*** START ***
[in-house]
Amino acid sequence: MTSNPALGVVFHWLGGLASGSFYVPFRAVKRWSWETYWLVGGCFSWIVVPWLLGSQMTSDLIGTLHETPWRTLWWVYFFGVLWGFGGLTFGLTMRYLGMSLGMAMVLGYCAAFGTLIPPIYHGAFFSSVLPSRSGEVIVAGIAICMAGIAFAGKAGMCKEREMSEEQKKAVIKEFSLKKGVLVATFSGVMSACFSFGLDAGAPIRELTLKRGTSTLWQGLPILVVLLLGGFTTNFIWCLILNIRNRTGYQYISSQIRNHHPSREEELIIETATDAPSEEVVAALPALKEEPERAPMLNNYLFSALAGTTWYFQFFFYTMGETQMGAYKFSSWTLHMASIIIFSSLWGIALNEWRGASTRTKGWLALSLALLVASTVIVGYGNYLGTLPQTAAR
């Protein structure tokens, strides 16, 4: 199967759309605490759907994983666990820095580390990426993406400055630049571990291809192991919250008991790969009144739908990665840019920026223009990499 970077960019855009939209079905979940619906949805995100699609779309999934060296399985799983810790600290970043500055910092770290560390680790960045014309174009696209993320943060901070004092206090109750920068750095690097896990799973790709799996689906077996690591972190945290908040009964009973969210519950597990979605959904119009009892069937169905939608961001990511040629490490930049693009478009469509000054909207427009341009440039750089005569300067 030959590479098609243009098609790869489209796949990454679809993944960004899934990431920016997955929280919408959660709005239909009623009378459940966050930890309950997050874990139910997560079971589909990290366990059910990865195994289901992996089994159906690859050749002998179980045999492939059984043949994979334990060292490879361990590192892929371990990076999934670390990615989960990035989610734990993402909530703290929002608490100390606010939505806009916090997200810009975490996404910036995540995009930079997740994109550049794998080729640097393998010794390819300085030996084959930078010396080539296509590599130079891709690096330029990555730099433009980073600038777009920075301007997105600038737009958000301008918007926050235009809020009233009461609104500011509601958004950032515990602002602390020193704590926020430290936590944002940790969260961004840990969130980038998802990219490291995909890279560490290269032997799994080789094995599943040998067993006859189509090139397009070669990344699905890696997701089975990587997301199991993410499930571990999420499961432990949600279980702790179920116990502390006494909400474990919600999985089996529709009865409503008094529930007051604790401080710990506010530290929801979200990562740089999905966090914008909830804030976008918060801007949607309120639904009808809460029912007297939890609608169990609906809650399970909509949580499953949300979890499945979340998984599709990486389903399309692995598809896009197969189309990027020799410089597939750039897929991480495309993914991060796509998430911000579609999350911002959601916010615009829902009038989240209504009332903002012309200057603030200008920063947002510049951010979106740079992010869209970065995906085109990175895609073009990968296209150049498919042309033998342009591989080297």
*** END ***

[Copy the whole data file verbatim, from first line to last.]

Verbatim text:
[in-house]
Amino acid sequence: MTSNPALGVVFHWLGGLASGSFYVPFRAVKRWSWETYWLVGGCFSWIVVPWLLGSQMTSDLIGTLHETPWRTLWWVYFFGVLWGFGGLTFGLTMRYLGMSLGMAMVLGYCAAFGTLIPPIYHGAFFSSVLPSRSGEVIVAGIAICMAGIAFAGKAGMCKEREMSEEQKKAVIKEFSLKKGVLVATFSGVMSACFSFGLDAGAPIRELTLKRGTSTLWQGLPILVVLLLGGFTTNFIWCLILNIRNRTGYQYISSQIRNHHPSREEELIIETATDAPSEEVVAALPALKEEPERAPMLNNYLFSALAGTTWYFQFFFYTMGETQMGAYKFSSWTLHMASIIIFSSLWGIALNEWRGASTRTKGWLALSLALLVASTVIVGYGNYLGTLPQTAAR
């Protein structure tokens, strides 16, 4: 199967759309605490759907994983666990820095580390990426993406400055630049571990291809192991919250008991790969009144739908990665840019920026223009990499 970077960019855009939209079905979940619906949805995100699609779309999934060296399985799983810790600290970043500055910092770290560390680790960045014309174009696209993320943060901070004092206090109750920068750095690097896990799973790709799996689906077996690591972190945290908040009964009973969210519950597990979605959904119009009892069937169905939608961001990511040629490490930049693009478009469509000054909207427009341009440039750089005569300067 030959590479098609243009098609790869489209796949990454679809993944960004899934990431920016997955929280919408959660709005239909009623009378459940966050930890309950997050874990139910997560079971589909990290366990059910990865195994289901992996089994159906690859050749002998179980045999492939059984043949994979334990060292490879361990590192892929371990990076999934670390990615989960990035989610734990993402909530703290929002608490100390606010939505806009916090997200810009975490996404910036995540995009930079997740994109550049794998080729640097393998010794390819300085030996084959930078010396080539296509590599130079891709690096330029990555730099433009980073600038777009920075301007997105600038737009958000301008918007926050235009809020009233009461609104500011509601958004950032515990602002602390020193704590926020430290936590944002940790969260961004840990969130980038998802990219490291995909890279560490290269032997799994080789094995599943040998067993006859189509090139397009070669990344699905890696997701089975990587997301199991993410499930571990999420499961432990949600279980702790179920116990502390006494909400474990919600999985089996529709009865409503008094529930007051604790401080710990506010530290929801979200990562740089999905966090914008909830804030976008918060801007949607309120639904009808809460029912007297939890609608169990609906809650399970909509949580499953949300979890499945979340998984599709990486389903399309692995598809896009197969189309990027020799410089597939750039897929991480495309993914991060796509998430911000579609999350911002959601916010615009829902009038989240209504009332903002012309200057603030200008920063947002510049951010979106740079992010869209970065995906085109990175895609073009990968296209150049498919042309033998342009591989080297």